NEW YORK (AP) - Sadie the Scottie was fully expected to reach the purple podium at America's top dog show. She did, after two intruders turned the center ring at Westminster into their own platform.
The heavily favored Scottish terrier won best in show Tuesday night and seemed to be an easy choice. Her team waited quite a while for this victory - it took a little longer, too, because of a startling protest inspired by People for the Ethical Treatment of Animals.
Shortly before judge Elliott Weiss picked Sadie, a pair of well-dressed women walked into the big ring at Madison Square Garden and held signs over their heads that said "Mutts Rule" and "Breeders Kill Shelter Dogs' Chances," the latter a slogan popularized by PETA.
The crowd of 15,000 gasped at the sudden protest, booed the women and then cheered as a half-dozen security guards ushered them away without incident.
PETA members Dana Sylvester and Hope Round were charged with criminal trespass, police said. They acted on their own, the organization said, but it supported them.
The interruption lasted about a minute and came between judging of a Doberman pinscher and brittany. Moments later, 4-year-old Sadie climbed the best in show podium where one of the women had stood.
"I thought it was well-controlled by our people," Westminster spokesman David Frei said, without elaborating. Frei, the host of USA Network's coverage, is a veteran of the show world and a longtime advocate of therapy and rescue dogs.
Sadie was a big favorite coming into the show, which is for 2,500 purebred dogs. There have been previous PETA protests at Westminster, but none nearly so dramatic. During every day of the show, the public-address announcer at the Garden reads an announcement urging people to visit shelters and adopt their dogs.
PETA contends the focus on purebreds leaves many mutts homeless. In a statement, vice president Daphna Nachminovitch said "euthanasia becomes a sad necessity."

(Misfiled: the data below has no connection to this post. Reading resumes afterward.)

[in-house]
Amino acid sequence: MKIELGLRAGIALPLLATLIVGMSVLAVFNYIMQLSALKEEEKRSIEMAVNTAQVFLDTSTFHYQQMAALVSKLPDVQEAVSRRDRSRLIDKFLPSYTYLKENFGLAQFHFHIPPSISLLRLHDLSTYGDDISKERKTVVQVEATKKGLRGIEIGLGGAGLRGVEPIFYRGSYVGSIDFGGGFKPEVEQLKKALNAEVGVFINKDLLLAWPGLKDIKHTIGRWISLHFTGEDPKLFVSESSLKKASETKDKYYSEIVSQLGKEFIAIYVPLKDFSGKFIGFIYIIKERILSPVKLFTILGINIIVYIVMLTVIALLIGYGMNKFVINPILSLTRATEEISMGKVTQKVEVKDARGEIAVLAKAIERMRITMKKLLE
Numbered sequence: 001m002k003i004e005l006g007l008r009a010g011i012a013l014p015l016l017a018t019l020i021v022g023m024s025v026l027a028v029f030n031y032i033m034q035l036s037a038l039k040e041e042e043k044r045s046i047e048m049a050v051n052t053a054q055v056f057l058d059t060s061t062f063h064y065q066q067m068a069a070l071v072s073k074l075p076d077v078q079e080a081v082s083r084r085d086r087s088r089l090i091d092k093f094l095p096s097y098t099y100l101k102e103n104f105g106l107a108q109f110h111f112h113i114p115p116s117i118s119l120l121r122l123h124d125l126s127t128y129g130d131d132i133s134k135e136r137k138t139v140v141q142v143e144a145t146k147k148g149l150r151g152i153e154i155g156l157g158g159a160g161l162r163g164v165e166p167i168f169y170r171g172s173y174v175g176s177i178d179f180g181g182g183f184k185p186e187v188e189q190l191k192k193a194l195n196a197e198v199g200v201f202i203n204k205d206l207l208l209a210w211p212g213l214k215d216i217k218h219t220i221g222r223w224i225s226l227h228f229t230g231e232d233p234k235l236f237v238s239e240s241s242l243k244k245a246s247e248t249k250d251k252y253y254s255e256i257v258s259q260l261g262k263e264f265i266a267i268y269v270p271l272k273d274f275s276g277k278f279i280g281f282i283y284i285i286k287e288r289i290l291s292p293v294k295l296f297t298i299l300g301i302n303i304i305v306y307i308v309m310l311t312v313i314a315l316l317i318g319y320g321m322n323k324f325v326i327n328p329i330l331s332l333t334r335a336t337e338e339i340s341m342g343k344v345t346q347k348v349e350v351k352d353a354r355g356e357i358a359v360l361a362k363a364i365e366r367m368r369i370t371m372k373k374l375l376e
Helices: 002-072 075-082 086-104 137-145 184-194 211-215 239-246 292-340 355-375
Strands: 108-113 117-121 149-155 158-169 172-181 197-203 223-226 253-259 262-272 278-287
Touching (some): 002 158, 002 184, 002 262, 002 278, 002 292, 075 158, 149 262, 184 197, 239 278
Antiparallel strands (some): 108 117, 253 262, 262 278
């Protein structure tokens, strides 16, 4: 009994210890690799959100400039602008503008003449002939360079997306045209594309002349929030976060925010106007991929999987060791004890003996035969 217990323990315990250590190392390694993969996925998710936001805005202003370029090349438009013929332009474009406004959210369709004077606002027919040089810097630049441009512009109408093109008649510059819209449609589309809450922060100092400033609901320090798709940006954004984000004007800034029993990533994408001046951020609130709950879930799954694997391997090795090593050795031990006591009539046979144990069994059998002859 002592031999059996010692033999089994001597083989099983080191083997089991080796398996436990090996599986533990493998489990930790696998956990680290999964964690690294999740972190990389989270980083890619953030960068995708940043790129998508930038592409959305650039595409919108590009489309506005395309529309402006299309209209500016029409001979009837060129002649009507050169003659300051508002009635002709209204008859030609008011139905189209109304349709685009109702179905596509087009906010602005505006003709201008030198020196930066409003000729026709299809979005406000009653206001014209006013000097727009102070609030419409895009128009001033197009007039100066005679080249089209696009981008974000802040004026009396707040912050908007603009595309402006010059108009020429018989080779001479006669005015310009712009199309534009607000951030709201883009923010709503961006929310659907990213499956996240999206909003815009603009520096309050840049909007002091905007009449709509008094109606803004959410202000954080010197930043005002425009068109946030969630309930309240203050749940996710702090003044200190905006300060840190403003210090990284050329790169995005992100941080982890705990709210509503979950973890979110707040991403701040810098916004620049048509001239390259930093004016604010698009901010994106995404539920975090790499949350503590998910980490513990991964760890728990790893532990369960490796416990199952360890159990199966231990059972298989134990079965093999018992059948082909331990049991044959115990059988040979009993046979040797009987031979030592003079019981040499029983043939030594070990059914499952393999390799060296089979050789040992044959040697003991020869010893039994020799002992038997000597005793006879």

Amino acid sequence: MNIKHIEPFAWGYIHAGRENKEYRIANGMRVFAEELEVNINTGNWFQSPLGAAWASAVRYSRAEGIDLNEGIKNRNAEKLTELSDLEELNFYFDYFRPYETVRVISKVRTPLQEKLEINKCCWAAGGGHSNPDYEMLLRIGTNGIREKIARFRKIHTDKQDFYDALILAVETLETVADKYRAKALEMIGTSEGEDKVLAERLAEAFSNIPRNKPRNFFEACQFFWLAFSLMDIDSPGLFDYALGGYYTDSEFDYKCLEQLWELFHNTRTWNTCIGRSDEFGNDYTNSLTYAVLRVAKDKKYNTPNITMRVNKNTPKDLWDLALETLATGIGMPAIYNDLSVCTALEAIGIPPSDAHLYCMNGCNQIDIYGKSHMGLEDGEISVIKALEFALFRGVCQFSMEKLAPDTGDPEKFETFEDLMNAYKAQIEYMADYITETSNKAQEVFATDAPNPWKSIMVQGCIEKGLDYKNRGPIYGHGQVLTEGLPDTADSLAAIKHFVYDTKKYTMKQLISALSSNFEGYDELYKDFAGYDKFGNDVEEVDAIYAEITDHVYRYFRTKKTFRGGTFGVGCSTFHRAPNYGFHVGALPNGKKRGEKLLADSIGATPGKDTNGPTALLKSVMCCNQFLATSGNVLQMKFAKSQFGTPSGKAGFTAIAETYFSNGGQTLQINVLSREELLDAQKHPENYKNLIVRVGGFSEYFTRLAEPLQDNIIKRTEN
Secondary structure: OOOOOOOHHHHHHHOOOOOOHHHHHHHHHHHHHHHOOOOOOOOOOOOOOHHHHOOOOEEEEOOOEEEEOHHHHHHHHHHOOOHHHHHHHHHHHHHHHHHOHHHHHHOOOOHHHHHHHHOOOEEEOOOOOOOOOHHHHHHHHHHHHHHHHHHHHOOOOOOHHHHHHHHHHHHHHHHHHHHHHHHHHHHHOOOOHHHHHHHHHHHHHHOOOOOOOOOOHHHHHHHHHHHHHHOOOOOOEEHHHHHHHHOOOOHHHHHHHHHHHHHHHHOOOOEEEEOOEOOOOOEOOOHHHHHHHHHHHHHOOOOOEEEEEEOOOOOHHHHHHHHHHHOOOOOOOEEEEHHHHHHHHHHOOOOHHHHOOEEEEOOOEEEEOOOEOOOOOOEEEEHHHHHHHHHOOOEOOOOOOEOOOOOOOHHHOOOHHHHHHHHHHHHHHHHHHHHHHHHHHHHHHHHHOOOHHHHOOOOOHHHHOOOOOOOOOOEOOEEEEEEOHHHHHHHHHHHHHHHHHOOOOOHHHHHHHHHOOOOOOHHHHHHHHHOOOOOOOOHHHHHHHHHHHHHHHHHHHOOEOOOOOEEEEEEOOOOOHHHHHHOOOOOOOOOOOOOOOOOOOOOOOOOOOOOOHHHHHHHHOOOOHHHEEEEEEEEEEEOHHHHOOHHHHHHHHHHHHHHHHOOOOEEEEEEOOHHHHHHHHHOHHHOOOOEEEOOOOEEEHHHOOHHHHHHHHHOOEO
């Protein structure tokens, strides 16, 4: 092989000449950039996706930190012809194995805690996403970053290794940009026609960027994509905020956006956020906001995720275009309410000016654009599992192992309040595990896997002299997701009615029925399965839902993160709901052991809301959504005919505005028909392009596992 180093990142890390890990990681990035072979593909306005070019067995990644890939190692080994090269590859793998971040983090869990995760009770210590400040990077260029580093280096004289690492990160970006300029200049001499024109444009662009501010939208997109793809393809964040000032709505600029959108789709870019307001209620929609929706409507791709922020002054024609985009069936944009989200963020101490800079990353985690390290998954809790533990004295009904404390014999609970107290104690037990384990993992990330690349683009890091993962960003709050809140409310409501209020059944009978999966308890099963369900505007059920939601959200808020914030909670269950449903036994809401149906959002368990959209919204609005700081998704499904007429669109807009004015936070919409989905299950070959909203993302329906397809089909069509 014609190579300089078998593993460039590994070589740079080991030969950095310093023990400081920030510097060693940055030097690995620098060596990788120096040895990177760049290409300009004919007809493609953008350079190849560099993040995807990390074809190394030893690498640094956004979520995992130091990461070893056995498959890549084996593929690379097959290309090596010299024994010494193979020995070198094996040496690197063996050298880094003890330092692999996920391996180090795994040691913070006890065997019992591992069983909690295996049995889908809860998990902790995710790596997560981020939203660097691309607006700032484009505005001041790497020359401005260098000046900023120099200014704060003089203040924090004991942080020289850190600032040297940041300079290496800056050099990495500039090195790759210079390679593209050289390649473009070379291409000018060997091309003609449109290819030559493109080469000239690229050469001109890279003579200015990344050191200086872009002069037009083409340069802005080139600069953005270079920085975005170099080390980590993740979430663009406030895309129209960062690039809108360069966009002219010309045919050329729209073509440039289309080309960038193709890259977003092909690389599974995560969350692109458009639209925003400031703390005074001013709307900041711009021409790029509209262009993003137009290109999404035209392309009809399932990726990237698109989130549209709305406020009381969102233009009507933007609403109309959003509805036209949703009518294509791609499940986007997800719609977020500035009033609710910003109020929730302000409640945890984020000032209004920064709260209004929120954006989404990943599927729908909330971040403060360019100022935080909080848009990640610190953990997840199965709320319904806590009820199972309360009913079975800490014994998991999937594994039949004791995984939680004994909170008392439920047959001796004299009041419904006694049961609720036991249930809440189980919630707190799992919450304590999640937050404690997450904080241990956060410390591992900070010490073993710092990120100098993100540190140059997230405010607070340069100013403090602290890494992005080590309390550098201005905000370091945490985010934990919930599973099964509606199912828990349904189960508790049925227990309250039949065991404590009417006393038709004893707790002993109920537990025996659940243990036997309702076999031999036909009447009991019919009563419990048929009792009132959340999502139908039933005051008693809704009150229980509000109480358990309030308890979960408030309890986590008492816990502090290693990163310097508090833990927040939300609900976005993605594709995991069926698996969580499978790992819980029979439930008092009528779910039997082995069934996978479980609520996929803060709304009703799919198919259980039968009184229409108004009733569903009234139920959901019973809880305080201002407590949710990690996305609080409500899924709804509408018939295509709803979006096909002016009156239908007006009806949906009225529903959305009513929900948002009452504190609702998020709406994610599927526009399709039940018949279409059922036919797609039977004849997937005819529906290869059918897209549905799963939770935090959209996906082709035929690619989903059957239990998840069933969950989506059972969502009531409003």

Sadie earned her 112th best in show ribbon. The last time a show dog came to Westminster ranked No. 1 in America and actually won was 2001, when a perfectly primped bichon frise called J.R. did it.
"She was perfect," said Sadie's handler, Gabriel Rangel. "I couldn't ask for anything more."
Also reaching the final ring were a brittany that recently had two litters, a whippet that can run 35 mph, a Doberman pinscher headed into retirement, a white toy poodle who overcame his anxiety around crowds, a Canadian-bred French bulldog and a puli that twice won the herding group.
Her tongue out and her tail wagging, Sadie was right in step with Rangel. She is owned by Amelia Musser of Mackinac Island, Mich., and sports the champion's name of Roundtown Mercedes of Maryscot.
Rangel kidded that his relationship with Sadie was like a marriage. "I'm happily married," he said, "as long as I say, 'Yes, honey.'"
Sadie became the eighth Scottie to win at Westminster, second most to the 13 wins by wire fox terriers. She was the record 45th terrier to win in a show that began in 1877.
Judge Elliott Weiss picked the winner. He'd already seen Sadie - he chose her as the winner of an event in North Carolina last September.
Sadie became the first Triple Crown winner of dogdom. She took the National Dog Show in suburban Philadelphia in November and the AKC/Eukanuba National Championship in California in December.
She also did well last year at the world's largest show - Crufts, in England, draws nearly 25,000 dogs - when she was judged as the best Scottish terrier.
This was Sadie's third try at Westminster. She got spooked by strange sounds at the Garden two years ago, and last February had a potty accident on the green carpet.
Dogs from 173 breeds and varieties entered this show. Sadie takes over as Westminster champ from Stump, the 10-year-old Sussex spaniel who'd come to New York as an underdog.
Sadie was set to go on the talk-show circuit Wednesday and make a visit to Donald Trump. By night, maybe she'd see herself.
"She likes to watch TV," Rangel said. "We have dinner together at the hotel and watch Animal Planet."
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